What are you sacrificing for Valentine’s Day?

Posted Feb 14, 2014 by Kimberly Reynolds
Of all the artificial, consumer driven holidays that have invaded our everyday life, nothing is more special than Valentine’s Day. Nothing says love like pulling out a credit card. However, It wasn’t always that way.
Real meaning behind Valentine s Day
Real meaning behind Valentine's Day
Roman Love
The history of Valentine’s Day has little to do with hearts, flowers and romantic cards. The Romans celebrated something around February 14th called Lupercalia. This holiday was tame by Roman standards of the day and involved men, always with the men, sacrificing a goat, cutting the hide into strips and then whipping the women.
Better Than A Card?
According an article by N.S. Gill, a freelance writer and Latinist, “Young women would actually line up for the men to hit them as they believed this would make them fertile.” Personally, I’d rather go to dinner and a movie, but that’s just me.
The Catholic Church started recognizing St. Valentine’s Day to honor two Christian priests, both named Valentine, who were martyred by Emperor Claudius II. Their crimes were in spreading the Word of God and to marry couples in the Christian faith, which at the time was scandalous.
Faith First
Both of the Valentines were given the option of denouncing their faith or being put to death. Both chose to be put to death and so the Catholic Church honored them by making them Saints and establishing a Holy Day in their name.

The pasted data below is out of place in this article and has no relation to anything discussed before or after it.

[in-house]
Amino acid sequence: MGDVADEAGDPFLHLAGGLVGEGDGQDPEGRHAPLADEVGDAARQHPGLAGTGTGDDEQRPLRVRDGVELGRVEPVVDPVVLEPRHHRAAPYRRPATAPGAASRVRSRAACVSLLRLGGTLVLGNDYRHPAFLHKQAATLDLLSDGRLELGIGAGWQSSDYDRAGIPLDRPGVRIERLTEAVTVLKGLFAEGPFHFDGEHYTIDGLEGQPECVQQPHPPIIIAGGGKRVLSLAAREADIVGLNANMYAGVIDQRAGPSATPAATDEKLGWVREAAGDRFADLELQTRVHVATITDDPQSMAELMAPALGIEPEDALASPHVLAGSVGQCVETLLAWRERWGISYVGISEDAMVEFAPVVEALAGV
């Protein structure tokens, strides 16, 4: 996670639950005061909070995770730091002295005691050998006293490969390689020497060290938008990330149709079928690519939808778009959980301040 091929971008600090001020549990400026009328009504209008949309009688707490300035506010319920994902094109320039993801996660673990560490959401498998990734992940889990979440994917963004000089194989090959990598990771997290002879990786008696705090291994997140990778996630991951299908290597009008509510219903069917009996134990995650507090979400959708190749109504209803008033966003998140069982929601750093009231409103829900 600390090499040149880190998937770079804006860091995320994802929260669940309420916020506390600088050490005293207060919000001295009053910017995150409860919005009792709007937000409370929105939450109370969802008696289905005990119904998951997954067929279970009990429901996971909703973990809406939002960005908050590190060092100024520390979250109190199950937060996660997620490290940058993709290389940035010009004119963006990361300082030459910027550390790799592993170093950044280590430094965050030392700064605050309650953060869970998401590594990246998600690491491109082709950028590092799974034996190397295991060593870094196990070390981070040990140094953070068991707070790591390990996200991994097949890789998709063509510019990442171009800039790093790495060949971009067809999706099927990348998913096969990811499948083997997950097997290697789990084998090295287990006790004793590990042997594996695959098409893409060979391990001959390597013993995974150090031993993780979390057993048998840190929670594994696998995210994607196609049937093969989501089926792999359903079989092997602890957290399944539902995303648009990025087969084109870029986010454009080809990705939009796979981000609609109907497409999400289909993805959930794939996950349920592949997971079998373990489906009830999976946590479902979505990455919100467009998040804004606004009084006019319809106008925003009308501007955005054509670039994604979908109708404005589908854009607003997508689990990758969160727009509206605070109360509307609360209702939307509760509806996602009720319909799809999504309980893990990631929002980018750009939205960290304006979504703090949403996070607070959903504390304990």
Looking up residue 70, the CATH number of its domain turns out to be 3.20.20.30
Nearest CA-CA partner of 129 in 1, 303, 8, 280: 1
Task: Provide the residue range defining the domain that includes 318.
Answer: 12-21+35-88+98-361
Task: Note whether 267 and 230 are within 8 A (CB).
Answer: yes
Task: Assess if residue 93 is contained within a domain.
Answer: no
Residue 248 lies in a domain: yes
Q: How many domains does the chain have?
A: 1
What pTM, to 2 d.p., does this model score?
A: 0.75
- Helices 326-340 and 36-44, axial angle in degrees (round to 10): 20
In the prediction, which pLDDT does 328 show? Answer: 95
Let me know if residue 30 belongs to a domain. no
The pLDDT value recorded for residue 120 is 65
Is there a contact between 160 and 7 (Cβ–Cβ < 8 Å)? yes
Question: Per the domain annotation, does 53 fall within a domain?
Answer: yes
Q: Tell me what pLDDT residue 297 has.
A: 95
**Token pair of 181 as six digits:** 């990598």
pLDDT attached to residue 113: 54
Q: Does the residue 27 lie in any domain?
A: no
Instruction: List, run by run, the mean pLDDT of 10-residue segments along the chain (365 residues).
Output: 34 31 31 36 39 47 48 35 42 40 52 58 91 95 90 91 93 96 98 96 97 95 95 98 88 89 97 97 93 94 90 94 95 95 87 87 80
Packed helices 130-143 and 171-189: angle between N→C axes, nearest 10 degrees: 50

The point of the day was to reaffirm your devotion to God and the sacrifice required for faith. Like many Christian celebrations, the date was chosen to coincide with Lupercalia so as to remove the pagan celebration. And, over a few centuries, it did. Sort of.
Cosmetic Chivalry
In the 17th century, the concept of chivalry was all the rage in England. The idea of romantic love, often chaste and unrequited, was championed by the playwrights of the day including William Shakespeare. This concept was taken from the writings of the “Father of English Literature” Geoffrey Chaucer, who of course had a few wives.
To seal the deal, the Christian celebration of St. Valentines was taken over by “romantic love.” Giddy celebrants would leave handmade cards professing their devotion. Not devotion to God, or sacrifice for faith, but more likely to youthful hormones run amuck.
Buck Starts Here
There is a belief that Hallmark, the greeting card company, invented the holiday to sell more cards during the slow period between Christmas and Easter. While not technically true, they were instrumental in publicizing and promoting the “romantic love” connection to the holiday.
The resulting increase in buying the Hallmark manufactured expressions of love was just a profitable coincidence.
This Valentine’s Day, according to the research firm IBIS World, consumers will spend $18.6 billion dollars demonstrating their love. The only sacrifice being honored is the one to the wallet.